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A wider view of the city walls, gardens and cathedral tower.

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Mound and 19th century monument in the Dane John Gardens. The mound is the site of a Norman motte and bailey castle.

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The Canterbury Heritage Museum. The building in its current form dates from 1373, having been a medieval alms house from about the year 1200. The museum is still much the same as in 1948 and is now the home of the Invicta locomotive.

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Canterbury is a fantastic city to explore. With some exceptions, the centre of the city has not suffered the level of post war destruction or out of place architecture that has turned many other towns across the country into identical shopping centres. Canterbury is still a town with its own identity.

I still find it strange to stand in almost the same place as my father did 68 years ago and photograph much the same scene as in many of the photos of Canterbury.

Finding out about each of the above photos identified several individual topics that could each fill a large post, for example, the history of the Invicta and the Canterbury and Whitstable Railway is fascinating.

As I found out, Canterbury requires more than a single day to explore and I will be returning to find the sites I did not get to and to discover more of what Ian Nairn called – the Happy City.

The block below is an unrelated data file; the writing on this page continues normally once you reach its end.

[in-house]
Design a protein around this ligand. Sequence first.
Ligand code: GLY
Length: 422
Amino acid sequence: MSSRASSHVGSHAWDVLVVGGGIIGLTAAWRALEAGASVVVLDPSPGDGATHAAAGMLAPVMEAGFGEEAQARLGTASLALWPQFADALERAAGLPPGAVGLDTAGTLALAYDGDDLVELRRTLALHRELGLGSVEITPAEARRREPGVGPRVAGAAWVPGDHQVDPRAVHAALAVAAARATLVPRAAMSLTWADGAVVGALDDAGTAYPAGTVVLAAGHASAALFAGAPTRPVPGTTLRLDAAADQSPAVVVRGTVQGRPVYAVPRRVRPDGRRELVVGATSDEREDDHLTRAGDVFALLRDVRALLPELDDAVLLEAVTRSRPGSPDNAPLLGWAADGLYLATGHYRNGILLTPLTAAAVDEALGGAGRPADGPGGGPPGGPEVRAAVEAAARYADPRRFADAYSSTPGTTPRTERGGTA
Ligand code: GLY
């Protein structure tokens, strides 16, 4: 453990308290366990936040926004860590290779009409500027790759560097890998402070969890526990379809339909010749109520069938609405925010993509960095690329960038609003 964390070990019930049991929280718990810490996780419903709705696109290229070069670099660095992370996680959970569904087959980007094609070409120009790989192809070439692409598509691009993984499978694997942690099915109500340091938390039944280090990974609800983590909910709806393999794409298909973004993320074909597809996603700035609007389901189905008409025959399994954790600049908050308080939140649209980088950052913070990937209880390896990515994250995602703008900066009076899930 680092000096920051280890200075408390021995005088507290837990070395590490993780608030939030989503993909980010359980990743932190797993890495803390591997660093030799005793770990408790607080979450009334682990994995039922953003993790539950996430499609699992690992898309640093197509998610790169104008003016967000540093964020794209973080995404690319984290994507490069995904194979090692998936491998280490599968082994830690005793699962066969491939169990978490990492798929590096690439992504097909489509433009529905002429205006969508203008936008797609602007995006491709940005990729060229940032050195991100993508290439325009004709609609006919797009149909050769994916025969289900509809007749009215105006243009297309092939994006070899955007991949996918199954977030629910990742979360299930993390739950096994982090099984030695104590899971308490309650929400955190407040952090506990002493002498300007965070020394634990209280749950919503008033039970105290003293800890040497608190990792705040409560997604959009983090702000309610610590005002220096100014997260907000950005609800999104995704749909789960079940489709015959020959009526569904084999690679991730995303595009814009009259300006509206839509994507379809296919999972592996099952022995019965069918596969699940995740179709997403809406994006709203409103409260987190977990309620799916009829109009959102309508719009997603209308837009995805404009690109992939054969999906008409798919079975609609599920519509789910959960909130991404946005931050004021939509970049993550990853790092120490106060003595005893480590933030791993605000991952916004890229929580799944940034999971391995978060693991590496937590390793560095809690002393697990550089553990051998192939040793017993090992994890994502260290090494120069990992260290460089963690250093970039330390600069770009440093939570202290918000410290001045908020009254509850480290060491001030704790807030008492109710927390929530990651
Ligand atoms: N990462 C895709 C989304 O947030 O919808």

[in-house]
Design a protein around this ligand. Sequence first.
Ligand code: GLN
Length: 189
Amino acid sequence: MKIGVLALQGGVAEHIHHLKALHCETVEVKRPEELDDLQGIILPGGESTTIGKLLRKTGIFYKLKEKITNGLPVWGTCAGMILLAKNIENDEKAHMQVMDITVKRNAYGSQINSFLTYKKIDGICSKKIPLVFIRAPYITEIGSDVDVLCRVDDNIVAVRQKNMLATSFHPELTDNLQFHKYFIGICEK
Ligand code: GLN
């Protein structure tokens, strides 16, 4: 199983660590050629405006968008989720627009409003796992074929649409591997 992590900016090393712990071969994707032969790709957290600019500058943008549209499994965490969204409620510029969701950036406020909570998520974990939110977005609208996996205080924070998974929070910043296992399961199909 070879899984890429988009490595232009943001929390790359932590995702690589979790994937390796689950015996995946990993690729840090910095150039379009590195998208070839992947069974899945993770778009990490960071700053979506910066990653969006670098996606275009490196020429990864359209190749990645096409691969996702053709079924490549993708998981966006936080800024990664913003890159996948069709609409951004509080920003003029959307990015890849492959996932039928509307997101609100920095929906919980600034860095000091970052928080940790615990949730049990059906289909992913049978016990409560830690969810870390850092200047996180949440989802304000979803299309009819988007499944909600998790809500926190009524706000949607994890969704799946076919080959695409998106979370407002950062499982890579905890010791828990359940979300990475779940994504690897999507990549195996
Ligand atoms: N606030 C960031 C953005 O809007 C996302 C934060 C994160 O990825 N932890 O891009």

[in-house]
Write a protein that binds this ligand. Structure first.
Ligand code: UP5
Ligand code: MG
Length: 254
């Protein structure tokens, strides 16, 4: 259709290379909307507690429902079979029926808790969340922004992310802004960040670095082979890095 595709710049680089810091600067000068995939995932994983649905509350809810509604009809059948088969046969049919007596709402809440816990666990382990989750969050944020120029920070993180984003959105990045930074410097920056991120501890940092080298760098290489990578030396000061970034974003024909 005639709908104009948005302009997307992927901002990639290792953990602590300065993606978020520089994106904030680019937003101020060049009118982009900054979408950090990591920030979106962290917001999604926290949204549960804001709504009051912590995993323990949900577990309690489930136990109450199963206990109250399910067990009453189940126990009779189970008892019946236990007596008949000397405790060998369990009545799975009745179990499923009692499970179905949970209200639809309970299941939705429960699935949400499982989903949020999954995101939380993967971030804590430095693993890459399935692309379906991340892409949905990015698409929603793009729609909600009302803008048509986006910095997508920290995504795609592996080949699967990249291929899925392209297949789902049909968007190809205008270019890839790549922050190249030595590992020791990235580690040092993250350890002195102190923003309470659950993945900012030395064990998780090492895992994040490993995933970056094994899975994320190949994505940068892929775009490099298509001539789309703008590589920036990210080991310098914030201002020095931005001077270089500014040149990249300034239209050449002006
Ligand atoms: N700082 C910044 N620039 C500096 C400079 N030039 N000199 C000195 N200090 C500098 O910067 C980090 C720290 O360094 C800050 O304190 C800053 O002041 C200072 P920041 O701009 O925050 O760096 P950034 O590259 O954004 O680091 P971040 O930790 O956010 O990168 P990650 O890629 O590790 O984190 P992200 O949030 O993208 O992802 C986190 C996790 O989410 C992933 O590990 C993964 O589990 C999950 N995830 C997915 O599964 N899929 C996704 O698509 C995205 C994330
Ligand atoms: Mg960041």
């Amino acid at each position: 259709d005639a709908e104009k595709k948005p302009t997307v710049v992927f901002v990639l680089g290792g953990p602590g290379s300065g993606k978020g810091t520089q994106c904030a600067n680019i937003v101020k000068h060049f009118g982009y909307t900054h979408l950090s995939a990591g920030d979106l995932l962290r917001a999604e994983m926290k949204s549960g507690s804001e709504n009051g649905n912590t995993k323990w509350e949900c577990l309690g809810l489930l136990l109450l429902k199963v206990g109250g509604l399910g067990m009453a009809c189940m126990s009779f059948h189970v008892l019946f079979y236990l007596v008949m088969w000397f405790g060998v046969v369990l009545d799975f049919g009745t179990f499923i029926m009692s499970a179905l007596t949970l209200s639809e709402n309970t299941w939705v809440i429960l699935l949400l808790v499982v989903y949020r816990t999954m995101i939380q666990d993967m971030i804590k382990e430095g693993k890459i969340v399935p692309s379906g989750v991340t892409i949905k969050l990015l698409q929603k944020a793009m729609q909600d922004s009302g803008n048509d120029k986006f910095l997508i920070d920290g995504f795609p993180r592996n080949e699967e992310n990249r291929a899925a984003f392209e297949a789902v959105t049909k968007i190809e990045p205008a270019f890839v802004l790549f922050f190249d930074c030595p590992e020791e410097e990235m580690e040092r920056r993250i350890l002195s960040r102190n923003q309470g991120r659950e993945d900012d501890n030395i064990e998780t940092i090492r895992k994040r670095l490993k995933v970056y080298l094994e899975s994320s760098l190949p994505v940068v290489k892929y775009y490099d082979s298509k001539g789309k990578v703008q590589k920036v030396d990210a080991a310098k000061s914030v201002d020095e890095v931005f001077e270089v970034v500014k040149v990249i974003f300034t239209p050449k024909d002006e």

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The Exhibition Of Architecture – The Final Chapter

My last post on the Exhibition of Architecture was rather long and there were still a number of things I wanted to include on the subject, so here is my very final post on the Festival of Britain.

Firstly, a couple of stills from a children’s film made in 1956. The film is “One Wish Too Many” and many of the external shots were filmed in and around the Lansbury estate. The film tells the story of a boy who finds a magic marble with rather unpredictable results.

The film can be found here. In my last post I mentioned the pole mounted scene of people around a model of the Skylon. This appears in the film and a still showing the pole is below:

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The Chrisp Street market also features in the film:

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One Wish Too Many is a fascinating film to watch for a glimpse of the area as it was 60 years ago, and to see how life in Poplar was portrayed in film.

As well as the Exhibition of Architecture at Lansbury, the Council of Architecture advising the organisers of the Festival of Britain recommended that there be an award for “contributions to civic or landscape design, including any buildings, groups of buildings or improvement to the urban or rural scene“.

The idea of an award was approved and entries were invited. There were challenges with getting a sufficient number of entries as building work had to have been started by the end of the war with completion in time for the award judging and the Festival of Britain. The initial end date for entries of September 1950 was extended to March 1951 to provide additional time.